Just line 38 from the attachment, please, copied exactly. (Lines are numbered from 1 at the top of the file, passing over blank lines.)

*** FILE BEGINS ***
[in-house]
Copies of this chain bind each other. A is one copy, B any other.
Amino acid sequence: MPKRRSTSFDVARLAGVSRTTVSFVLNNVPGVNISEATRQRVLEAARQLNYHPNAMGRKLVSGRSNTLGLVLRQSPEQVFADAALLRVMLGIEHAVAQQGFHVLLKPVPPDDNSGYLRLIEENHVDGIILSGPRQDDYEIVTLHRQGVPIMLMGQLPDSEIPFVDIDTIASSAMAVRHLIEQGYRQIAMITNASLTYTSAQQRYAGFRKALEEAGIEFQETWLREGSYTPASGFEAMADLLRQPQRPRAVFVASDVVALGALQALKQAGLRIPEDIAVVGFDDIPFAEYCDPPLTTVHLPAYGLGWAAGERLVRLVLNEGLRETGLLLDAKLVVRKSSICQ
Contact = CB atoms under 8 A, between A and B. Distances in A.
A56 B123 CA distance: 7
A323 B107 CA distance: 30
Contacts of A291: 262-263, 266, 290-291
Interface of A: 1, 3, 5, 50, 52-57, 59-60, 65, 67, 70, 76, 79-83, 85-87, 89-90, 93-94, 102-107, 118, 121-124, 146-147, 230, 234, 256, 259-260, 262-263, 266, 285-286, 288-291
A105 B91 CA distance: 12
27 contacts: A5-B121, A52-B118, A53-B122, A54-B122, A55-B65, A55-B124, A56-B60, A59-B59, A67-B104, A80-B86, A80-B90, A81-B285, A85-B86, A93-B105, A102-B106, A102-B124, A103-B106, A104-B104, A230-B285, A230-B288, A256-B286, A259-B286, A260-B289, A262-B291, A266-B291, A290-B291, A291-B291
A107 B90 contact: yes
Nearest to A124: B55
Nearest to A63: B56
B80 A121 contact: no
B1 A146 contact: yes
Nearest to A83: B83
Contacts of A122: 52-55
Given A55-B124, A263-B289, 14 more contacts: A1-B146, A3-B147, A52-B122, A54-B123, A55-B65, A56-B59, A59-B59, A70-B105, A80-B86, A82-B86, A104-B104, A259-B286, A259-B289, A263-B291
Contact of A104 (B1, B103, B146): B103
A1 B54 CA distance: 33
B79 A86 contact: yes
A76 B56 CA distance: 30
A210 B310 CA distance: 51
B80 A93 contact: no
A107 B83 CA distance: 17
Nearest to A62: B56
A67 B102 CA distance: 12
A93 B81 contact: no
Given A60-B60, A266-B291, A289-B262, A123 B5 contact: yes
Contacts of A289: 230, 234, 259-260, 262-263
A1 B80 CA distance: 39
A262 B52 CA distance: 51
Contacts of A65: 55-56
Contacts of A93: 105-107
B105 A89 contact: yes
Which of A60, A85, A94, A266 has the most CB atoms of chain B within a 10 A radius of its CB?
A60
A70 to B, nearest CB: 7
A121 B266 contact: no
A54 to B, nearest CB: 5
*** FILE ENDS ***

A70 to B, nearest CB: 7